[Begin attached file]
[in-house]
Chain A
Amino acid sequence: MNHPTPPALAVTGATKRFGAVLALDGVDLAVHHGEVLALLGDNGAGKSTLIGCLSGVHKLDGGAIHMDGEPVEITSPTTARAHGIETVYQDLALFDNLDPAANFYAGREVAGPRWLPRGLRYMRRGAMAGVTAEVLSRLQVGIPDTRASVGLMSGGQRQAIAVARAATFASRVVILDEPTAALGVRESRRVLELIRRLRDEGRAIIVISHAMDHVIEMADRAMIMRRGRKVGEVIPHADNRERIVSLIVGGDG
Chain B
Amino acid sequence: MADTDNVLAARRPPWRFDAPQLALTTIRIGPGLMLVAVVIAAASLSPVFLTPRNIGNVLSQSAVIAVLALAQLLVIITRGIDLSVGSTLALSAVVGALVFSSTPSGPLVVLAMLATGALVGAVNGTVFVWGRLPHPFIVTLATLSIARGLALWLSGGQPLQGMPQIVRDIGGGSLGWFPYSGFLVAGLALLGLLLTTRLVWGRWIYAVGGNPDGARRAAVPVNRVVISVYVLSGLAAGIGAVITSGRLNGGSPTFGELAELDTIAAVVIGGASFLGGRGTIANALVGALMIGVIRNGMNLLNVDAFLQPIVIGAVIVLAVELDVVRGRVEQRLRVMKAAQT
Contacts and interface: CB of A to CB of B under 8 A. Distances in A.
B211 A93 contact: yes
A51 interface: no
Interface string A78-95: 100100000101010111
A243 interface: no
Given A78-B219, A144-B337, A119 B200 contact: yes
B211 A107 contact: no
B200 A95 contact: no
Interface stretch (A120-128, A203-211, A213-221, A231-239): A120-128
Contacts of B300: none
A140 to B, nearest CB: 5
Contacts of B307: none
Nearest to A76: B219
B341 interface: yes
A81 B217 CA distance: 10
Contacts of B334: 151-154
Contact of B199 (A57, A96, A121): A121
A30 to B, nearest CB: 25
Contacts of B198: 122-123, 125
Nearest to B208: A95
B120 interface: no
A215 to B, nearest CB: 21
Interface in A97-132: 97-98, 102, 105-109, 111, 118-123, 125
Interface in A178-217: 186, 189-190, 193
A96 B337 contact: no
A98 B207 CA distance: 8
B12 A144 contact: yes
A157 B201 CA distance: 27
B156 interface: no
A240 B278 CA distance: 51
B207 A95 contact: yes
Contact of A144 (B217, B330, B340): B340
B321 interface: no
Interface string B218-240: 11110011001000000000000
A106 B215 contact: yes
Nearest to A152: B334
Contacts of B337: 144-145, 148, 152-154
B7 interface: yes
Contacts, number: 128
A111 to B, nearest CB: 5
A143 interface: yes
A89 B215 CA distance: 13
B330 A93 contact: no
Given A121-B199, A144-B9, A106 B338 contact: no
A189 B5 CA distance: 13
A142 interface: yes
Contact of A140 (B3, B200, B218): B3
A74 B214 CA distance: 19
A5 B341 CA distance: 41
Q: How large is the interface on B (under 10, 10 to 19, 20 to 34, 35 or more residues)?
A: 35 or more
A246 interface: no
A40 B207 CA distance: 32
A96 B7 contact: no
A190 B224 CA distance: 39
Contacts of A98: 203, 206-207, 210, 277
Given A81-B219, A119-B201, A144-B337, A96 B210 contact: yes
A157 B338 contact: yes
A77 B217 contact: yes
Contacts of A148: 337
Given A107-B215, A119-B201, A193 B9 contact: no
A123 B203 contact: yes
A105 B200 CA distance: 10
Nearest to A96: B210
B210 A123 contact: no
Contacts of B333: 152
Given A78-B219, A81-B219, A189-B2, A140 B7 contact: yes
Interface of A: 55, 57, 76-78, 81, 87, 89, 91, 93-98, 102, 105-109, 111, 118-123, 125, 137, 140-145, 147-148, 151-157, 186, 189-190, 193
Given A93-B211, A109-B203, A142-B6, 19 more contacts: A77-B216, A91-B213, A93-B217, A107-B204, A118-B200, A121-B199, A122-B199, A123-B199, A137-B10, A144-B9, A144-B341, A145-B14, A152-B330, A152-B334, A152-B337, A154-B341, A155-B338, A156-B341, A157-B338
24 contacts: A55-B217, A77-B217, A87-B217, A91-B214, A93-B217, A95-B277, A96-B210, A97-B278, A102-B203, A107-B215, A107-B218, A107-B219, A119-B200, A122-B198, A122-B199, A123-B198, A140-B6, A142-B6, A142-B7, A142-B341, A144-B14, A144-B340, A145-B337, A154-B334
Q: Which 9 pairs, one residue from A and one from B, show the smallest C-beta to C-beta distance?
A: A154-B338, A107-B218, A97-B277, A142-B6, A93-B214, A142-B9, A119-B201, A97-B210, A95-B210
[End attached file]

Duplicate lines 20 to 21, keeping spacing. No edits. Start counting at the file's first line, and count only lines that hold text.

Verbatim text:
A81 B217 CA distance: 10
Contacts of B334: 151-154